Voting No on Missouri’s Amendment 4 - Word&Way

Voting No on Missouri’s Amendment 4

Isaiah 58:12 prophetically declares: And they that shall be of thee shall build the old waste places: thou shalt raise up the foundations of many generations; and thou shalt be called, The repairer of the breach, The restorer of paths to dwell in.

Darron LaMonte Edwards

It is becoming increasingly difficult to repair the breach when you have those in power hell-bent on widening the divide. That’s why I am vehemently opposed to Amendment 4 on the upcoming Missouri ballot. It is widening the divide between lawmakers and locals – people who see hurt every day and those who hear about this hurt remotely.

The ballot language of Amendment 4 permits the Missouri Legislature to mandate that the City of Kansas City, Missouri, devote no less than one-fourth of its general revenues (up from one-fifth) to fund the Kansas City Police Department:

Currently, the only police force established by the state board of police commissioners is found in Kansas City, Missouri.


A ‘no’ vote will not amend the Missouri Constitution regarding the funding for a police force established by the state board of police commissioners

It’s interesting that when you are treated for an illness, a doctor will ask, “Can you tell me where you hurt?” That’s local control or local responsibility. The patient knows where and what needs to be treated on their body for optimal health. The job of the doctor is to confirm what the patient is expressing and provide the remedies based on both assessments. Amendment 4 only considers what the state thinks and no one else.

Amendment 4 is taxation without local representation. I strongly believe that local budget decisions should be decided by local elected officials. This is a decision best left to the Kansas City, Missouri, City Council – not the Missouri General Assembly and a statewide vote.

I am a critical friend of the Kansas City Police Department. I am a friend because I truly respect what they do and applaud them for a level of public safety. However, I am critical because we need better policing across our city in order for Kansas City to become a safe city in every zip code.

Image by Pawel Grzegorz from Pixabay

Let’s get to the heart of the matter – Amendment 4 creates a dangerous exception to the Missouri constitution, which prohibits an increase in the level of any activity or service mandated by the general assembly or a state agency of other Missouri political subdivisions unless the state pays for any increased costs. If passed, Amendment 4 could lead to other constitutional amendments that harm Missouri’s local governments and taxpayers by creating unfunded mandates on local governments.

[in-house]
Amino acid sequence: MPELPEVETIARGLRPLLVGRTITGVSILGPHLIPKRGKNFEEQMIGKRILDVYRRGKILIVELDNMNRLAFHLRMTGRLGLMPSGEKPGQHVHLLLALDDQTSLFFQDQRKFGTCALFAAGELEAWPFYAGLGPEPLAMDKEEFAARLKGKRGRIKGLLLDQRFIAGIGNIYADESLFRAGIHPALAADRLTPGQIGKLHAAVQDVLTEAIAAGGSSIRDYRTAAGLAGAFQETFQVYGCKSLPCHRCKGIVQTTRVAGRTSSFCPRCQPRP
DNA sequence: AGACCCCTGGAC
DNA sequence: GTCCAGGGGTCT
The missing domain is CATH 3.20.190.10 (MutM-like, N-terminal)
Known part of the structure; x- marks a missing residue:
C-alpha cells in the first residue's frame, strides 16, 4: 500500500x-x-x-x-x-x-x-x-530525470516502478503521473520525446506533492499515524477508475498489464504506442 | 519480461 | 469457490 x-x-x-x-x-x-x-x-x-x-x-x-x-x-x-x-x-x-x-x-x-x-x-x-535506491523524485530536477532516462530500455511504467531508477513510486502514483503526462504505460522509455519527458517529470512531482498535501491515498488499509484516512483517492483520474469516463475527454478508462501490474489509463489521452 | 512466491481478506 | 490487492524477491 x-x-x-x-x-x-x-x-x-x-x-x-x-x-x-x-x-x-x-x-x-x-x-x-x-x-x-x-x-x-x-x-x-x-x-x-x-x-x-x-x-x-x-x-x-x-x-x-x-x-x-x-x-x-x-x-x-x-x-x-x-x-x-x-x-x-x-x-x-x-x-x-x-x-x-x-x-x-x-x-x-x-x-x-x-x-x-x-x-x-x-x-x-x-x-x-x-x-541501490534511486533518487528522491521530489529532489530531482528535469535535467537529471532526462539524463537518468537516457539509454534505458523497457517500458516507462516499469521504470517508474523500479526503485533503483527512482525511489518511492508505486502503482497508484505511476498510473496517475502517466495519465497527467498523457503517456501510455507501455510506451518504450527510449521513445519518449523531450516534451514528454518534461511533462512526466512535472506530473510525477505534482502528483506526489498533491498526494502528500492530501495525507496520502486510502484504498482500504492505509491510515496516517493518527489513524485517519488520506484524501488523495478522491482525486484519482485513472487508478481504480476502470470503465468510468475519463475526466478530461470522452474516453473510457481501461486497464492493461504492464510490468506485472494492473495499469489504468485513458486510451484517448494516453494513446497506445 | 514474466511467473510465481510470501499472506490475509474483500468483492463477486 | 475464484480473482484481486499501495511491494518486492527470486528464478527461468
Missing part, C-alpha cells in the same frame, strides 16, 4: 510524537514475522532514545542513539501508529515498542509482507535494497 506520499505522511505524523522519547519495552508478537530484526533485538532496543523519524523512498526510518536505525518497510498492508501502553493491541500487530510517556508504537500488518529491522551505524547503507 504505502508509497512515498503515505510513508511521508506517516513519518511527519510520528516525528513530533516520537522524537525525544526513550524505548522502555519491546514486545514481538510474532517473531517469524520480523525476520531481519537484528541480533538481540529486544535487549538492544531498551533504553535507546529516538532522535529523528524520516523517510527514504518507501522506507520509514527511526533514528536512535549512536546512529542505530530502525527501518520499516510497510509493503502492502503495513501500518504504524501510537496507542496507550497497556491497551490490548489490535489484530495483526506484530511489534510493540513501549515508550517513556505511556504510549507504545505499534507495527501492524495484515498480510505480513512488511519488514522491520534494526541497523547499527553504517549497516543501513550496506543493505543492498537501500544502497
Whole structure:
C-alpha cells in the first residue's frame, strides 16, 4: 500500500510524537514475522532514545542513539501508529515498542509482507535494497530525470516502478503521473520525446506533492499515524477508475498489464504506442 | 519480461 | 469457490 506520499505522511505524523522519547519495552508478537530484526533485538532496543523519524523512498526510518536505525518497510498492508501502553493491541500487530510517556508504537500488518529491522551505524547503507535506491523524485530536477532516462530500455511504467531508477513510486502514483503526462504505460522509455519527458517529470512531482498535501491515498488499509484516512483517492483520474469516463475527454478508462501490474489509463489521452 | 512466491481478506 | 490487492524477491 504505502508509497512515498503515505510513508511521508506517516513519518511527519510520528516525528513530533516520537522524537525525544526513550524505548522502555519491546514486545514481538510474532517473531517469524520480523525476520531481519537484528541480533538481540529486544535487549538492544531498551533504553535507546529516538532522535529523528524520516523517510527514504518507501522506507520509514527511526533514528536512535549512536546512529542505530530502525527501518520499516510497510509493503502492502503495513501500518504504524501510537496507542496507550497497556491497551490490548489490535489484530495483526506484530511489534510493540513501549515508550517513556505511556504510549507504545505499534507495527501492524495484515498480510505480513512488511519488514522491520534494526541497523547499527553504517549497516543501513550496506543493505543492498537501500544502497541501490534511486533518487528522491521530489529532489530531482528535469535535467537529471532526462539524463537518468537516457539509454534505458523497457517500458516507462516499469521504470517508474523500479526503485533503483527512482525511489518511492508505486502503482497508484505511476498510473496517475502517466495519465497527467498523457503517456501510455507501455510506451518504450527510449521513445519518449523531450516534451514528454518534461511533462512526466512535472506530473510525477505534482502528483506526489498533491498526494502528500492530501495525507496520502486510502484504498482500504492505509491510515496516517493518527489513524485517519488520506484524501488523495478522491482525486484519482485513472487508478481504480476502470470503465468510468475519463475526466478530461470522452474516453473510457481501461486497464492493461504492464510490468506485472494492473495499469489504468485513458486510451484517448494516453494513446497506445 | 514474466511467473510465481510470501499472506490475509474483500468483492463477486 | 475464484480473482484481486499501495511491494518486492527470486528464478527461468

This amendment seems to be a whipping post for disagreeing with the Massa (a term used for slave master). It seems that certain communities in Kansas City will be punished for seeing the solution to their problems as utilizing a path other than increased policing. I do not know one major leader of color in my city who wants to “defund the police.” We do believe there ought to be greater transparency, accountability, and a reallocation of some of your vast resources to faith communities and agencies who know how to heal the places that hurt.

When we consider how all of this started, it seems that Amendment 4 is about who gets to wield power. The nonprofit and nonpartisan Ballotpedia helpfully collected some important information that speaks to this:

State Rep. Doug Richey (R-38), a supporter of Amendment 4, brought up two ordinances passed by the Kansas City Council in 2021. ‘The actions of the mayor and city council last year raised tremendous alarm regarding the stability of funding for something as important as the Kansas City Police Department,’ Richey said. One ordinance would have given city leaders more control over the Kansas City Police Department (KCPD), and another would have reduced the funding of the KCPD by $42.3 million. This led to a lawsuit filed by the Kansas City Board of Police Commissioners against Kansas City Mayor Quinton Lucas and the Kansas City Council. Jackson County Circuit Court Judge Patrick W. Campbell later found that the Kansas City Council violated state law in plans to reallocate the $42.3 million.

Kansas City Mayor Quinton Lucas pointed out that if Amendment 4 were to pass, it would further take away the already limited local control over crucial resources. “I do not support anything that takes away our ability to work with our local police department and neighborhood leaders in terms of how we get to better solutions for violent crime,” Lucas said.


Darron L. Edwards, Sr. is lead pastor of United Believers Community Church in Kansas City, Missouri.